May is physical fitness month, and with kids headed out of the classroom and out to the park or pool, injuries can increase during the summer months.
Dr. Dan Maurer and Dr. Troy Diehl, both doctors of osteopathic medicine on the medical staff at Centennial Medical Center in Frisco, provide tips for parents to keep their children safe this season.
Q: Do injuries occur more during the summer when children are out of school?
DM: When the weather is nicer people tend to want to be outdoors, and with that comes an increased risk for more injuries resulting from outdoor activities. Children have lots of energy, and they typically spend more time outside when they don’t have to be in school.
TD: Yes, there are slight increases. Children are a little more active, and I think it’s a circumstance of the nicer weather. They will be spending more time outdoors, possibly at the playground or in the backyard.
Q: What are the most common injuries you see in children during the summer?
DM: We see an increase in fractures, or broken bones. It is very important for kids to wear wrist guards, elbow pads and helmets for some activities. While this equipment won’t guarantee that there won’t be a fracture resulting from a fall, it will help prevent injuries. We also see lots of cramps. They aren’t major, but kids need to stay well-hydrated. They’re outside a lot, and they need something to stay hydrated whether they are drinking water or a sports drink with electrolytes. Kids can get muscle pain or cramps, and it’s usually just a hydration issue.
TD: There’s an increase of simple sprains, and a slight increase in wrist and ankle fractures. Soccer is a common one that causes ankle sprains.
Q: Although helmets are very important for safety, children sometimes dislike wearing them. Any tips?
DM: Just be honest with them. If kids understand the reasons for having to wear helmets, they might be more inclined to wear them. There is peer pressure to not wear helmets, but having an open conversation with your children can help. In fact, many helmet manufacturers are trying to make them more appealing to kids with neat designs in addition to making them more comfortable and lightweight.
TD: You might frame it in a way that lets them know that if they do have an accident without a helmet, they might not be able to ride a bike for a long time. I know it’s hard to convey to kids, but in some instances, not wearing a helmet could impact the rest of their lives.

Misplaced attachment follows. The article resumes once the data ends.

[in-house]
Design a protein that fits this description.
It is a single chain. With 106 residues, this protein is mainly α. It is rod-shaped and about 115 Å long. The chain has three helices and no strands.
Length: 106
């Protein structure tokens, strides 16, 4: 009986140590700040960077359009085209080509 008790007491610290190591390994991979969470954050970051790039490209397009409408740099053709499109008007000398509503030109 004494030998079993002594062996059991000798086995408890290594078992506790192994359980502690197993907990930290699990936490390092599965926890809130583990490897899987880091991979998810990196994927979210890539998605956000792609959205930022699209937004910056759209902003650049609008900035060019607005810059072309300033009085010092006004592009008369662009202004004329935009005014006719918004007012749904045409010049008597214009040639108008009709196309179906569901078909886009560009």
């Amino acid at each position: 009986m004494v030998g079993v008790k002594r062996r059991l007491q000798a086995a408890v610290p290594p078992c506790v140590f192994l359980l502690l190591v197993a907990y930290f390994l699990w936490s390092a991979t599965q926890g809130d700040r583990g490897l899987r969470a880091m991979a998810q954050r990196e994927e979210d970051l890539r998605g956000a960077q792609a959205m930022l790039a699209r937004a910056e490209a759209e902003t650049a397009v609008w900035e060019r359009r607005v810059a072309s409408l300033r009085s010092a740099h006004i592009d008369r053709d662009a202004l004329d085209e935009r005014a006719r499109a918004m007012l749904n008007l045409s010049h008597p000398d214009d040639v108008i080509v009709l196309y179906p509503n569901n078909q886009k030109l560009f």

Q: Are there any activities that are extremely high risk that parents should not allow?
DM: There isn’t anything I would say that is off-limits; that wouldn’t be fun. Some of the more rigorous activities like jumping on trampolines or bounce houses are a lot of fun, and most times no one gets hurt. However, it is important to take precautions, whether that is adult supervision or wearing helmets. Keep in mind, kids might be less brave if mom or dad is around.
TD: Football is always popular in Texas, but keep in mind that it can be dangerous at any age. Younger children haven’t developed the techniques needed in tackle football to protect themselves at that young age.
Q: What should parents look for when choosing a summer camp?
DM: Make sure there is proper hydration if they’ll be outside. Tell your kids it is okay to take a break. Simple first aid should be on hand and a plan should be in place if further medical care is needed. Also, talk to local parents who might have had an experience with the camp. It’s good to hear about the reputation a camp might have.
TD: Check that there is always some sort of first aid, be it someone with CPR certification, an athletic trainer or a registered nurse. Keep a close eye on insect bites as well if kids are outside; you may not know your child is allergic. Also, Texas summers are always hot. Be sure your kids get more water than soda or juice.
Q: What are you tips for staying safe around the pool?
DM: Be smart. Even if it’s a fun environment, like swimming, you need to remind your kids of the rules. Know where safety equipment is. Lifeguards are important, but accidents can still happen. The pool is a fun place, but it can be a place for a lot of injuries. Make your children more aware of the rules with a direct message to them about the rules they must follow.
TD: No diving. Explain to kids that the water might be deep, and there are always unknown circumstances. You should always recommend going in feet-first. Protect the pool for infants if you have them. Be sure there is an infant-proof gate or barrier. We all try to be very careful, but accidents happen. Dr. Diehl and Dr. Maurer emphasize that preventing injuries is the first step to keeping your family safe and out of their office this summer. They said you should be proactive about telling your children the best ways to prevent injuries and making rules for them to follow.